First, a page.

Guest Blog from Elyce Brown, Silverton Community Member and singer/songwriter
Maybe you love being around other people. Maybe gathering with perfect strangers is your ideal way to spend an evening. Or maybe, and maybe more likely, you're like me.
I am an introvert. I love to be alone. As an American, I am a product of our individualistic society, and I love the freedom of choice that our society champions. The prospect of Groupthink, a conformity of thought and the abandonment of truly independent inquiry and assessment, which can emerge out of self sorted bands of society, terrifies me. I cherish independence of thought, adhering only to what is true, remaining ever skeptical, and willingly discarding ideas that cannot hold up against questioning. On a much less noble note, when I contemplate joining a group event, my hesitation comes in no small part from the memories of all the stupid things that have escaped my mouth when I was surrounded by people I didn't know well and was awkwardly attempting to be a conversationalist. I spend a lot of time alone.
Yet, I recognize on a level equally intuitive and analytical, the immense value of joining with others to share space, time, and our brief experience of living. Life has taught me that the things that are most terrifying are often the most necessary. Too much of anything can be harmful. Too much comfort of independence can quickly become isolation, disconnection, and a very inaccurate assessment of yourself, the world, and your place within it. If I was ever feeling terribly exceptional (either at the talented or the deficient end of the spectrum), joining with others in community has always reminded me that my differences are swallowed up in similarities. How much of a self-professed seeker of truth can I really be, if I don't seek out the truth about myself that can only be found in the context of me within a group? Would any scientist claim to understand a wolf by observing it only in isolation? The wolf's behavior within its pack is an inseparable component of the individual. I cannot let fear of the next stupid thing I'm going to hear leaving my lips keep me from learning what that says about me. Besides the inconsistency between isolation and self-knowing, joining with others brings a whole host of benefits and experiences I'm not likely to have while alone: laughing out loud, the warm feeling of being kind, the kinship of connecting over shared fears and loves, just to name a few.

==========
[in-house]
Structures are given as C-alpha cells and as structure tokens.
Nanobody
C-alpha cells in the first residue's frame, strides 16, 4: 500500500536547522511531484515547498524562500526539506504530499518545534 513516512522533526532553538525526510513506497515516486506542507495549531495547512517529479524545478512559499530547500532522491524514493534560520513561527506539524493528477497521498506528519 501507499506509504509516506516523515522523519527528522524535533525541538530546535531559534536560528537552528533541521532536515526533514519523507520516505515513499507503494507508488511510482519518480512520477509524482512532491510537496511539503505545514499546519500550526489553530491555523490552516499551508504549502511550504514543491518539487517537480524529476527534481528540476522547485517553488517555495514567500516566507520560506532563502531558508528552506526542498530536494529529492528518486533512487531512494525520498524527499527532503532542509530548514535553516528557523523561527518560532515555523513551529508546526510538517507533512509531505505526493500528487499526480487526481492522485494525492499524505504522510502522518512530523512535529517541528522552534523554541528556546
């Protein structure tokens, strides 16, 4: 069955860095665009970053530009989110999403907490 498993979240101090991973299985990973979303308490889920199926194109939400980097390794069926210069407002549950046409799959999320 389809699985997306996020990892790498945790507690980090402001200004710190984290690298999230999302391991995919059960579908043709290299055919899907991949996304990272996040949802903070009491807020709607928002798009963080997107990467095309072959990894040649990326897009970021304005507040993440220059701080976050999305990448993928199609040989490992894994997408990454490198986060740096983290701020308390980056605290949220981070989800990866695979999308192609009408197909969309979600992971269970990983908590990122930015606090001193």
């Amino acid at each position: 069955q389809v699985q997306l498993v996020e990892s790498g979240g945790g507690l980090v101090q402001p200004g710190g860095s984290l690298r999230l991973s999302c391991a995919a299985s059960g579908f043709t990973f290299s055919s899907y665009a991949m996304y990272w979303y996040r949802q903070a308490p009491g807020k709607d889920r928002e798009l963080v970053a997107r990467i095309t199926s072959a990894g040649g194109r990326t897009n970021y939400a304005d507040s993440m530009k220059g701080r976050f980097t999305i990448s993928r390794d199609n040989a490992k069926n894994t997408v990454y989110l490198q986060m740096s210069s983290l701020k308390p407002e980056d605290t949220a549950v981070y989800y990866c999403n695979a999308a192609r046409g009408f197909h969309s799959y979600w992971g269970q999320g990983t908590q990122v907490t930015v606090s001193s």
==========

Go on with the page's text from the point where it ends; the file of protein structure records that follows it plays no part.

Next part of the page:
But still, I am an American living in America, and opportunities for communal experiences do not abound. We may enjoy going to a restaurant to feel the vibrancy that comes from being surrounded by others, but we are very unlikely to leave the restaurant with more friends than we had going in. Alain de Botton, in his book, Religion for Atheists, points out that, while restaurants may be seen as "refuges from anonymity and coldness, [they] have no systematic mechanisms by which to introduce patrons to one another, to dispel their mutual suspicions, to break up the clans into which people chronically segregate themselves, or to get them to open up their hearts and share their own vulnerabilities with others." De Botton points out ways in which the proximity to strangers required by sharing a meal around a single dinner table, even an act as seemingly inconsequential as asking a stranger to pass the salt, disrupts our ability to cling to an abstraction of "the other."
Am I overthinking a simple farm to table dinner? Well, not in the moment, at any rate. Because while I am there, seated at the table, learning new names, hearing new voices of laughter, witnessing the unique sparkles in strangers' eyes, enjoying my silent, inner amusement at all of our idiosyncrasies, and being nourished by a meal made with love, I'm simply having a really nice time.